compel the secretary to restore her to
clerkship. She alleges that her removal
was without Just cause or authority of
law, that it was because of her political
opinion and that a clerk bas vested rights
to the office until removed by tbe proper
officers acting in the range of their au
thbrlty, which she disputes In this case
Her demurrer contends that no head of a
department ta permitted to remove a aub
ordinate tn violation of the constitution
and the rulea.
Acting Secretary Sanger has issued
circular to the officers and employee of
the War department warning them against
partisan activity of officeholders.
Changes la the Postal Service aad
Orders la Ike Treasary
(From a Staff Correspondent.)
WASHINGTON, p. C. Sept. 26. (Special
Telegram.) The Postoflce at Kinkald, Boyd
county, Neb., Nllesville, Floyo county, la,
and Fleurdeliss, Custer county, 8. D., will
be discontinued after November 1.
James D. Barkley of Moulton, la., has
been admitted to practice before the treas
ury department.
Tbe First National bank of Minneapolis.
Minn., bas been approved as reserve sgent
for Ths Citlxens National bank of Woon
socket, 8. D.
Postmaster appointed: Ncbrasks, Rich
ard Israelscn, Saroovllle, Clay county, vice J.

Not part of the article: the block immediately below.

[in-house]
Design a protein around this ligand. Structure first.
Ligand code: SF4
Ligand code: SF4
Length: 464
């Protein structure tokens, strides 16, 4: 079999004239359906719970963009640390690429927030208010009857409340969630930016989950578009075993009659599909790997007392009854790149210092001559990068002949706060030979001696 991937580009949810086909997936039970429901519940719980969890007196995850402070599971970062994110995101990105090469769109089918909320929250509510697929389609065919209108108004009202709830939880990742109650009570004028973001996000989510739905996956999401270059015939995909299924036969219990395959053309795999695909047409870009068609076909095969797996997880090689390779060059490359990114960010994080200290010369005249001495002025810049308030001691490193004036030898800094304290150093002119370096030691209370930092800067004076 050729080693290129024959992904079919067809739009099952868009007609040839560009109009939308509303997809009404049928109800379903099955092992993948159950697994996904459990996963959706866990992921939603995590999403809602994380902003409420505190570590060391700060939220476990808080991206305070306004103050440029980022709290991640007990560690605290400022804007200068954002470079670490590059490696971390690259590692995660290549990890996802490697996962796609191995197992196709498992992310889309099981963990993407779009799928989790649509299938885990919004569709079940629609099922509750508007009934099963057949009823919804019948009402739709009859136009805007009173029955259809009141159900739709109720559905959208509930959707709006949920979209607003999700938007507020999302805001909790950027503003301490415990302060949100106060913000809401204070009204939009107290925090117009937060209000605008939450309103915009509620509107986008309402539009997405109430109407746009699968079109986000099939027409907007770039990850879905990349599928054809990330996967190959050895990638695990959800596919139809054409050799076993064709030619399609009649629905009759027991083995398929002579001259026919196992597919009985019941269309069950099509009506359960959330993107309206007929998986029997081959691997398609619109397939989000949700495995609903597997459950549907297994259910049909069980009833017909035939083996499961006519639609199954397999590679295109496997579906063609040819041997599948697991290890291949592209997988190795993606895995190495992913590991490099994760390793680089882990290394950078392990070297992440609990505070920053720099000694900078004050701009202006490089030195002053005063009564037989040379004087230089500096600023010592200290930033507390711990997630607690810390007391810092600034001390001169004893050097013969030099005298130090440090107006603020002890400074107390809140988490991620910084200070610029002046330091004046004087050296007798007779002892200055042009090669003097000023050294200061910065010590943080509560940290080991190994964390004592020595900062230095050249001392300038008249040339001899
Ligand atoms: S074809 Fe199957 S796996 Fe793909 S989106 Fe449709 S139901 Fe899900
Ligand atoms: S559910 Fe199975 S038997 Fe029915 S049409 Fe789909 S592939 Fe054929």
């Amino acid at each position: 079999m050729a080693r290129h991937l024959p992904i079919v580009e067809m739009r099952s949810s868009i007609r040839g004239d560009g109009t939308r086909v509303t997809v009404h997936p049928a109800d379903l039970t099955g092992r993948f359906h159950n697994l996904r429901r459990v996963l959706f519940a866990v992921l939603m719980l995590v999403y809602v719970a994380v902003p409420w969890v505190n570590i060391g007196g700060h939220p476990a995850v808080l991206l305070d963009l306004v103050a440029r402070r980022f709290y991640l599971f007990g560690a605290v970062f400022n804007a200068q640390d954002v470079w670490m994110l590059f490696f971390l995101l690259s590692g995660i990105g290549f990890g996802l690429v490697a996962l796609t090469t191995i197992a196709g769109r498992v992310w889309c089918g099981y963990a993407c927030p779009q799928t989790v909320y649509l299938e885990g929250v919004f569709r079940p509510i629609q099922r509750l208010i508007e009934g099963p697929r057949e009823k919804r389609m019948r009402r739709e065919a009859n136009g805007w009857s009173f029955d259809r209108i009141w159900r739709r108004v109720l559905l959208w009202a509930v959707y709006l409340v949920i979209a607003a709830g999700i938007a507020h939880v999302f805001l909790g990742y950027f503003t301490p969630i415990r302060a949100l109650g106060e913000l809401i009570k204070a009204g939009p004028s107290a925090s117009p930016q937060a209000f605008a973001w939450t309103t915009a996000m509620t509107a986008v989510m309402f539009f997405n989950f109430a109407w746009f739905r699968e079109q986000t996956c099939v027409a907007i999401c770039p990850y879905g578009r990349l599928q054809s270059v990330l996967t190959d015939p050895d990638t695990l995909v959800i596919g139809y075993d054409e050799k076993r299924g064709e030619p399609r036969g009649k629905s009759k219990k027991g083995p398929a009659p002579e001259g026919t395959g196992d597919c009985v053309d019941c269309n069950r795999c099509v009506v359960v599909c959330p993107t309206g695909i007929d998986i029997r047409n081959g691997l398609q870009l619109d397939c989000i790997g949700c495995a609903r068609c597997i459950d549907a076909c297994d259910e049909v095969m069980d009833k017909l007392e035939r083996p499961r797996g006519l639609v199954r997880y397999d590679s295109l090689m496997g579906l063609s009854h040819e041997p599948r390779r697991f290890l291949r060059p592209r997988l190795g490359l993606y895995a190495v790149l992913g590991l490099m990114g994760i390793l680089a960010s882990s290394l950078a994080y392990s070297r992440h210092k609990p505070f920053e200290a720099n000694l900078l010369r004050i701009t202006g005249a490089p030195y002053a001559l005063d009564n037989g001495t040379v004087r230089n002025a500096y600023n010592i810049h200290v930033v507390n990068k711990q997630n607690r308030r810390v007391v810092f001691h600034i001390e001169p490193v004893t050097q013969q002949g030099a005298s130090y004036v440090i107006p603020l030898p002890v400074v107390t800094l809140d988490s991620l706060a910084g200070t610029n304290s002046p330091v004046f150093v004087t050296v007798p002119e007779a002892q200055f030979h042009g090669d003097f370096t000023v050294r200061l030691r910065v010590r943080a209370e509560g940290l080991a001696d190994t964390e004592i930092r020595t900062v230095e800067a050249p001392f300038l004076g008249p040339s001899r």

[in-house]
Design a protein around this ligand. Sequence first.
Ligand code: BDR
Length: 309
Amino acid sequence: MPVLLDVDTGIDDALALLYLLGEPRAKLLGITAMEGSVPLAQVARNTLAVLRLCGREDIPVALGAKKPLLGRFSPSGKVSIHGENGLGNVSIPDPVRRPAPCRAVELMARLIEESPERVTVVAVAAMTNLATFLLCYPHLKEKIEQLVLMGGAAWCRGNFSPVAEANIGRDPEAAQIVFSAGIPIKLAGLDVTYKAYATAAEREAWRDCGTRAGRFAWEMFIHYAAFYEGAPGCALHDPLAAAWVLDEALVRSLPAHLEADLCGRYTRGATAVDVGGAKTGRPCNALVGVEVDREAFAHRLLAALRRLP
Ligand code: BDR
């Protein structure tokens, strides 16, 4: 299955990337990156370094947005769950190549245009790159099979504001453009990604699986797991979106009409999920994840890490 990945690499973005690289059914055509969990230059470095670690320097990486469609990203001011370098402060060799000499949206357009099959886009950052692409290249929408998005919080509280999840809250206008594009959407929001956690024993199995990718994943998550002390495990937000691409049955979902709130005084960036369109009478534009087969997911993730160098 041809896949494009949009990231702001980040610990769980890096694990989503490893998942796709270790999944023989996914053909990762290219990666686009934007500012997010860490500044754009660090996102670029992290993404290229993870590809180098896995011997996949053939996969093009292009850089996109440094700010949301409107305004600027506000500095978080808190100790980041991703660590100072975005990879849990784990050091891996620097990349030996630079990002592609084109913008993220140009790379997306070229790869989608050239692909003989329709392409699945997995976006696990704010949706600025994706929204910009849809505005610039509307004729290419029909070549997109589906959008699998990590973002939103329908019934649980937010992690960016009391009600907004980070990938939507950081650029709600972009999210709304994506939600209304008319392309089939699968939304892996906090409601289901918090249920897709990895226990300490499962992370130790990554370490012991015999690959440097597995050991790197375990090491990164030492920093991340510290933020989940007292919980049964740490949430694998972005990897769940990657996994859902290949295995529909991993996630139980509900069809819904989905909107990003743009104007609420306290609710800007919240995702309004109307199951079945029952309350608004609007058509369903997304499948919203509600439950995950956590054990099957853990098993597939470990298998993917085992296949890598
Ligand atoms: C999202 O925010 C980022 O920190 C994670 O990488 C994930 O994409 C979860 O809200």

W. Israelson, removed. Iowa: John T.
Blrock, New Virginia, Warrea county.
Choctaw and Chickasaw Indian Tribes
leesrt Privileges that Indaee
Them to Ratify Agreement.
WASHINGTON, Sept. 28. Official tele
graphic advices to the Interior department
today announce that ttre aupplemental
agreement negotiated between the govern
ment and the Choctaw and Chickasaw In
dian tribes has been ratified by an over
whelming majority by those nations.
The supplemental treaty makes modifica
tion and additions to the original agreement
In a number of Important matters. It pro
vides for tbe sale of coal lands which aggre
gate half a million acres at public auction.
There will be no leases of coal or asphalt
lands. It also segregates not over 640 acres
for sulphur springs under government con
trol; establishes cltlxenshlps courts to re
try citizenship esses tried in 1896; for the
enrollment of all Mississippi full blood
Cboctaws and of the descendants of all Miss
issippi Choctaws. who have received pat
ented lands; and authorizes tha Chickasaw